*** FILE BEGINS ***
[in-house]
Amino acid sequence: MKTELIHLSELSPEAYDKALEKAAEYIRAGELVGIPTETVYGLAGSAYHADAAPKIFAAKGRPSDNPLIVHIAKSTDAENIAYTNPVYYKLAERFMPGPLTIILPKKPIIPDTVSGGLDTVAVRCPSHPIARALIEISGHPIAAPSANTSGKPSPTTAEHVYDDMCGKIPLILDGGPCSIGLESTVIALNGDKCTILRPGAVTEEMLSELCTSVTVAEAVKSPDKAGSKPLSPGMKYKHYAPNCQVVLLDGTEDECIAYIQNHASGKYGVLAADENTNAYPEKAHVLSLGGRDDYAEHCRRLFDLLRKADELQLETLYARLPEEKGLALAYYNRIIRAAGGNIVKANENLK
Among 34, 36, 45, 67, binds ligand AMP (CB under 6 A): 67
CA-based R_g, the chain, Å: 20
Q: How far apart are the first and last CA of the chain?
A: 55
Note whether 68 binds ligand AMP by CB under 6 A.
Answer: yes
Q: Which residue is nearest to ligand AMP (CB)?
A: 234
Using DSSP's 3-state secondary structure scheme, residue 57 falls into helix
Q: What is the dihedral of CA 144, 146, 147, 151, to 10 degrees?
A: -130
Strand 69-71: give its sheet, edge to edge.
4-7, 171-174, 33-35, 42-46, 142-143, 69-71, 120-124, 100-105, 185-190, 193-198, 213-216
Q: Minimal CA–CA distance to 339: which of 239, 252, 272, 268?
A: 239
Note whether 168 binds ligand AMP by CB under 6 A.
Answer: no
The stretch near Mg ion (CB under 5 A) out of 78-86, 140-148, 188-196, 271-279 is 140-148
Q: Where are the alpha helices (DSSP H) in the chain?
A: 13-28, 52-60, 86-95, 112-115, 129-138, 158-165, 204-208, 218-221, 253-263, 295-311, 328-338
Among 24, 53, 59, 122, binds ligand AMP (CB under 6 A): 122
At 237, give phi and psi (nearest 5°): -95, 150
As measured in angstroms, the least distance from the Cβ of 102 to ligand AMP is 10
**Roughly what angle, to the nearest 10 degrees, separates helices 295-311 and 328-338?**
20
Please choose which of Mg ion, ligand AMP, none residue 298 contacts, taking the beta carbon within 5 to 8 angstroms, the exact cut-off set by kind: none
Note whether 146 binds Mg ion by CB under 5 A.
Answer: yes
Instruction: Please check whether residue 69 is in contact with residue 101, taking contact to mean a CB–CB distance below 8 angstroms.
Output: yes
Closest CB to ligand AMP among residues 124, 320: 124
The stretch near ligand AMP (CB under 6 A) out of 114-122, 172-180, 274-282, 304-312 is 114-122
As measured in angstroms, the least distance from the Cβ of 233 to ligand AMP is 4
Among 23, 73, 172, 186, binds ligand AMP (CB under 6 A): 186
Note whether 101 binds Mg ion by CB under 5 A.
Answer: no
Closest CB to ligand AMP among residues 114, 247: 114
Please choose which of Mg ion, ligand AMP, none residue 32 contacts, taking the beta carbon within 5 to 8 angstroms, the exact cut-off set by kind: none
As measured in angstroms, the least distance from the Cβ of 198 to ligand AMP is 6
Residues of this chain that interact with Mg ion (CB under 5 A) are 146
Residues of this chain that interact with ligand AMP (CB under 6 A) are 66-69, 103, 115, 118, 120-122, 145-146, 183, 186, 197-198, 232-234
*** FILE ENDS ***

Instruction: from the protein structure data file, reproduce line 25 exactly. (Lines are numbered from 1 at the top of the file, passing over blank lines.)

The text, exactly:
As measured in angstroms, the least distance from the Cβ of 102 to ligand AMP is 10